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The Physics of Sports : Volleyball

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Madeline Bazley

on 2 November 2012

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Transcript of The Physics of Sports : Volleyball

The Physics of Sports Volleyball By : Madeline Bazley How do potential and kinetic energy apply to volleyball? A ball held in the air being ready to be served, has more potential energy then a ball held at the waist
When someone does an approach, they are trying to change kinetic into potential
Potential-having the potential to hit the ball hard, Kinetic- Taking the approach
Kinetic-During an approach (for a hit or serve)
Kinetic-If someone stopped, they wouldn't be able to jump as high How does friction influence movements in volleyball? Whenever you touch the ball
When you dive for the ball
The shoes, have a "stickier" sole, and make it easier to move How does gravity influence movements in volleyball? Serving, the ball wouldn't come back down without it
Passing, whether it's setting, free balling, or just passing, the ball is some how pushed down to your arms/hands (gravity), and when you touch it, it has to come back down somehow
Hitting, the ball would just keep going up after it hit the ground
Digging, you wouldn't be able to stay down to dig it, and the ball would keep going up after it was hit How do balanced and unbalanced forces influence movements in volleyball? Unbalanced force: Doing your approach for a hit, you put more power to push off the ground, than the ground is pushing up on you
Unbalanced force: When you hit the ball, you put more force on the ball than it is putting on your hand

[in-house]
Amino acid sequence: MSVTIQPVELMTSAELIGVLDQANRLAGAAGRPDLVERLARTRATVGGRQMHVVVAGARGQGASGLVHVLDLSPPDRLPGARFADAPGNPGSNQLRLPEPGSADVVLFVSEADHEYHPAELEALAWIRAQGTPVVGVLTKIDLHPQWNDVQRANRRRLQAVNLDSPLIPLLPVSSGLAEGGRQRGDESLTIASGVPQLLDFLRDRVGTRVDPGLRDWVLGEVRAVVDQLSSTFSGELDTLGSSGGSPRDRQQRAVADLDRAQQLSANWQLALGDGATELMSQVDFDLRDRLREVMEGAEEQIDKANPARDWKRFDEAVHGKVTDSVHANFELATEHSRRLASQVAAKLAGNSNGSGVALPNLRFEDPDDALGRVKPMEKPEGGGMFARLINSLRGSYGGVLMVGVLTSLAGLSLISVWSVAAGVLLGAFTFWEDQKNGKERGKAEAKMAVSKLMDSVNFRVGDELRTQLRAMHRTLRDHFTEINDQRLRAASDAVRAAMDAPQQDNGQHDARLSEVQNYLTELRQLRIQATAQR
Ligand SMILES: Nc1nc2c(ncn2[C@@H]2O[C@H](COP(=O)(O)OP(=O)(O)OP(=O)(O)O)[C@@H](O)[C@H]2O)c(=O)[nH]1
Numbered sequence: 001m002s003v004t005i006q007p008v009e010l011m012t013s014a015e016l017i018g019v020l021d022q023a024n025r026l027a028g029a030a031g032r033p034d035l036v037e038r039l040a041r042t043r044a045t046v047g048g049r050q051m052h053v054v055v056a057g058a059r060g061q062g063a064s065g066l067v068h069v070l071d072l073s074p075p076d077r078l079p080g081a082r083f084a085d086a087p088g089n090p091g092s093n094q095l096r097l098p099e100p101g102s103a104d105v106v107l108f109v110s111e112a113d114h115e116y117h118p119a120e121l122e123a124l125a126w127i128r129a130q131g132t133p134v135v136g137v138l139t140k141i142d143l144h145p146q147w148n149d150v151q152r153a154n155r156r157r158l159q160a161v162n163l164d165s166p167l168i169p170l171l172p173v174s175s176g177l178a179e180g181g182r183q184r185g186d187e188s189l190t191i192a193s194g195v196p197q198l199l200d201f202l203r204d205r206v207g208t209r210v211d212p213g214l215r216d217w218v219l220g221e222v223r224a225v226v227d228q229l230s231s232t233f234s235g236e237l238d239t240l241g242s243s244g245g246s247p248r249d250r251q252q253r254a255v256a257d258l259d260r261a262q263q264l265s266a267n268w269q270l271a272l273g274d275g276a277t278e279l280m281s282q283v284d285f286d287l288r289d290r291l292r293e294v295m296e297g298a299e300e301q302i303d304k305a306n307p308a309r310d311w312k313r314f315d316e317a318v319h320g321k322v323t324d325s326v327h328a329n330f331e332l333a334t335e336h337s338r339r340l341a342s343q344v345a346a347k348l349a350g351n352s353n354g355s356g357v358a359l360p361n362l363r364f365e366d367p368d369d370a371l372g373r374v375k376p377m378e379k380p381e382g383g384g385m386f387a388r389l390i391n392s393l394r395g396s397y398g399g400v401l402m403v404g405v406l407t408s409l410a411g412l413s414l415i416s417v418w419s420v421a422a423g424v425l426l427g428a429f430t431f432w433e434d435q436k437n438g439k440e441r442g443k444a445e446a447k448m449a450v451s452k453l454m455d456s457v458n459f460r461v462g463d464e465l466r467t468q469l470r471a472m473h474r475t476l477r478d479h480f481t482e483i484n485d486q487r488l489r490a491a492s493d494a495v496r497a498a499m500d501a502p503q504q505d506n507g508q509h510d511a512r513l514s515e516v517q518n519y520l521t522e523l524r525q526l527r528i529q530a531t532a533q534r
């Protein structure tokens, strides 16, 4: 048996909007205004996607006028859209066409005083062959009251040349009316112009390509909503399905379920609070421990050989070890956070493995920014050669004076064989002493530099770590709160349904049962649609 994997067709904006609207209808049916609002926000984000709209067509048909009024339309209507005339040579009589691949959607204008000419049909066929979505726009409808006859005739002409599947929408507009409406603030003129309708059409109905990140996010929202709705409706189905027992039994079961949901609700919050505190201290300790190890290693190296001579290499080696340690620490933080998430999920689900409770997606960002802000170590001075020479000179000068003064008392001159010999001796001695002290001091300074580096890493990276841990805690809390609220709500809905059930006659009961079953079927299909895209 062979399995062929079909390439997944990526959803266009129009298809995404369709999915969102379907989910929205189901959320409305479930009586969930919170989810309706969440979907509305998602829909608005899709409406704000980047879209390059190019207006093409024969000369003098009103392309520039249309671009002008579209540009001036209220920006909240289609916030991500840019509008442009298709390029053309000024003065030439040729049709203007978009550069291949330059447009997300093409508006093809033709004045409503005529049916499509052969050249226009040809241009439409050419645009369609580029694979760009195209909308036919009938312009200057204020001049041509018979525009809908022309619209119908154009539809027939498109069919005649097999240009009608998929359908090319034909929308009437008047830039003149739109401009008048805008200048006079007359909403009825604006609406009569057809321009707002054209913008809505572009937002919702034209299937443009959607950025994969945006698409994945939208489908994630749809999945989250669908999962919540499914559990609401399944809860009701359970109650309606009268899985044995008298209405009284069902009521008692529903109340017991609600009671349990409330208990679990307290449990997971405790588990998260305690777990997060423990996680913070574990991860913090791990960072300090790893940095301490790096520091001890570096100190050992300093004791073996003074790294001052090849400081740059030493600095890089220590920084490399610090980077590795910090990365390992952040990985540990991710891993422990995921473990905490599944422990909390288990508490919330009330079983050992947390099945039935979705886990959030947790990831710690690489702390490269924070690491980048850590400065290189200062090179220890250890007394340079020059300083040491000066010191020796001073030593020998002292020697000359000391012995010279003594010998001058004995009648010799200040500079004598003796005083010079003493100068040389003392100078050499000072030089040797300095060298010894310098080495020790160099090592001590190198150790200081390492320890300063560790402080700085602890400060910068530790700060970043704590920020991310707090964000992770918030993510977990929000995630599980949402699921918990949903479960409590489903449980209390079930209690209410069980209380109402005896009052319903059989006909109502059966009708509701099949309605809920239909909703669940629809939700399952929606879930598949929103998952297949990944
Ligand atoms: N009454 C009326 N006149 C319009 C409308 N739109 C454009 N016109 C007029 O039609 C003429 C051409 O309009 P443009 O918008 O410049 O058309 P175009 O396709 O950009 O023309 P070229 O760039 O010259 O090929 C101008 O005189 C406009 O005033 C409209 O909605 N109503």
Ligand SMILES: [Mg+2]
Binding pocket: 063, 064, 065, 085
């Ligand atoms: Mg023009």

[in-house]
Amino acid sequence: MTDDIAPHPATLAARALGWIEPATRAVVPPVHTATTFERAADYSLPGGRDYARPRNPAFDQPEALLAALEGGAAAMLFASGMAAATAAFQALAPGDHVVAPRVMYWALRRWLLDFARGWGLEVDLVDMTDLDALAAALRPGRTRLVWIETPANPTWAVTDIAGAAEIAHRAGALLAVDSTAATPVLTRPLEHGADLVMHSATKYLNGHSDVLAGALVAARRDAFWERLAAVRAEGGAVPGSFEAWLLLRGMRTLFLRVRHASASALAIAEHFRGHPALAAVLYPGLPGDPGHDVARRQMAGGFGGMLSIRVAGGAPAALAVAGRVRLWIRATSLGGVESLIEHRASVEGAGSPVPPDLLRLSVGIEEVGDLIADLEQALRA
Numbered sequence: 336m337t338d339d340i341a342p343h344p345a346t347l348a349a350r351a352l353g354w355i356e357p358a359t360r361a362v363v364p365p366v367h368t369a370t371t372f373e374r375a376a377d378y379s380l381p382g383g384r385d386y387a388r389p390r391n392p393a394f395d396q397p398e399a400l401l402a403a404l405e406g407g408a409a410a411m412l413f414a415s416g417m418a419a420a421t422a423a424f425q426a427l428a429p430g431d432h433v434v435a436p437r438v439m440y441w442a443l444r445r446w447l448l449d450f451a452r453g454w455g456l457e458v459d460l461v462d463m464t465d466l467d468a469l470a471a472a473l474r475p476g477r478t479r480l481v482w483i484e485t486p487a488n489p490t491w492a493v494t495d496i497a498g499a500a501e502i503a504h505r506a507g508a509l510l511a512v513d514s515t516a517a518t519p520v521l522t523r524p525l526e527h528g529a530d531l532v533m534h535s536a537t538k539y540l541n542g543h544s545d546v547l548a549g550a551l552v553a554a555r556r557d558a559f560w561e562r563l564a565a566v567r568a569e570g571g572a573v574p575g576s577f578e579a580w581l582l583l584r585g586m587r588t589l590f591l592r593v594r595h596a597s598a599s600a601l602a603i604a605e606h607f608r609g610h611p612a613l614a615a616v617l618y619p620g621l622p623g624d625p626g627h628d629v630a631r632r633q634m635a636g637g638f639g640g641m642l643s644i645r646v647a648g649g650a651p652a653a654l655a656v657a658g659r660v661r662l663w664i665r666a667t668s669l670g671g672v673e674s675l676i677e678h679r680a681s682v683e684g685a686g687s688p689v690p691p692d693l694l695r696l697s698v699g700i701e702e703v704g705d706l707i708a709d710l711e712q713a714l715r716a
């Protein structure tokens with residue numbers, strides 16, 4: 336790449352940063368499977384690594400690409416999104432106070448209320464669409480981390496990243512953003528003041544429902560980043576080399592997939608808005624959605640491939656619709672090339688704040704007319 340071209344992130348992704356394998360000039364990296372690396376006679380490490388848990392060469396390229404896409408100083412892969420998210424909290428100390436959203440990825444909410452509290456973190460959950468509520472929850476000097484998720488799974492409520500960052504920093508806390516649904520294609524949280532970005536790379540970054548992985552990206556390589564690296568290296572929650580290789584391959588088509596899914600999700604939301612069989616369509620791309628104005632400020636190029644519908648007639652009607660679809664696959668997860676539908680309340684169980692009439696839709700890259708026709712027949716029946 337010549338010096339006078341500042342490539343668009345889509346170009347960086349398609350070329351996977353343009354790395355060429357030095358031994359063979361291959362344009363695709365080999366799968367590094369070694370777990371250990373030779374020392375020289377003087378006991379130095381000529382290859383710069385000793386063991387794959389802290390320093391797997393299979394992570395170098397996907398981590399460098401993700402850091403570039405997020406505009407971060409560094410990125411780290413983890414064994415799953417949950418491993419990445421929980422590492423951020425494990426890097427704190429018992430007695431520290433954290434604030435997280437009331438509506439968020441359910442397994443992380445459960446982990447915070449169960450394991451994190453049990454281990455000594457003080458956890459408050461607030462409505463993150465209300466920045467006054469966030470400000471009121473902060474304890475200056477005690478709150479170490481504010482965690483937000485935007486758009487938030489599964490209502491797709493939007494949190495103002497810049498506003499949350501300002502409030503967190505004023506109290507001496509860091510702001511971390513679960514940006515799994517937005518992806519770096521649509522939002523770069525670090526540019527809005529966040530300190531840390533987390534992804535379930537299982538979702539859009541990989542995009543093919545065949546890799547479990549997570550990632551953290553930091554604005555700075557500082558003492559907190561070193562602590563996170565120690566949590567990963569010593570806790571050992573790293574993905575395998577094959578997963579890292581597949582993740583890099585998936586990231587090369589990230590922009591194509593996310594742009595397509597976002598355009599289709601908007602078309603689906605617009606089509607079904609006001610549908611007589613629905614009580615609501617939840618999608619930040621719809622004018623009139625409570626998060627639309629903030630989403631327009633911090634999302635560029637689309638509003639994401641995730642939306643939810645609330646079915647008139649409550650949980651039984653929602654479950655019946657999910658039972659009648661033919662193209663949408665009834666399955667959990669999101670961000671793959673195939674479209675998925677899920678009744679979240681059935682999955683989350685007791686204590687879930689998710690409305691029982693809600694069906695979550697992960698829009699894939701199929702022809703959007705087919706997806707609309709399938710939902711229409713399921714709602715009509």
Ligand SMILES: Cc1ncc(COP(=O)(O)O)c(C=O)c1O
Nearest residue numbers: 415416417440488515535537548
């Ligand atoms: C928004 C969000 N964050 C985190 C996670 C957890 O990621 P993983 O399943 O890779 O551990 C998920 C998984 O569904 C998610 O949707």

Balanced force: When the ball hits the ground, for that like half a second when the ball touches the ground and it's still, the ground has the same force up to the ball, that the ball put to the ground
Balanced Force: When two people go to tip the ball at the same time with the same force, they're bothing putting the same force to the ball, so it doesn't move Newton's First Law (Inertia) in volleyball First law states " If an object experiences no net force, then its velocity is constant: the object is either at rest (if its velocity is zero), or it moves in a straight line with constant speed (if its velocity is nonzero)."
When someone serves the volleyball, the ball is still until someone hits it
The ball is still, until someone throws it up, and hits it
The net won't move unless a player or ball goes into it Newton's Second Law Second law states "The acceleration a of a body is parallel and directly proportional to the net force F acting on the body, is in the direction of the net force, and is inversely proportional to the mass m of the body, i.e., F = ma."
A heavier ball with more acceleration, has more force than a light ball with little aceleration F=ma Force of an average Female Jump Serve M=0.226 kilograms, weight of the volleyball
A=13.2 meter/second^2, average speed hit
.226 * 13.2 = 2.9832 newton
Many volleyball players can hit balls harder, but they usually don't serve hard because they are just trying to keep the ball in play Newton's Third Law (Action-Reaction Forces) Third law states: "When a first body exerts a force F1 on a second body, the second body simultaneously exerts a force F2 = −F1 on the first body. This means that F1 and F2 are equal in magnitude and opposite in direction."
When you pass the ball, the ball is getting force by gravity and the motion you are using to push it forwards
When two people go to tip the ball, two people are putting force on one ball
When you block it, you are putting force against a ball that is coming a your hands with a lot of force
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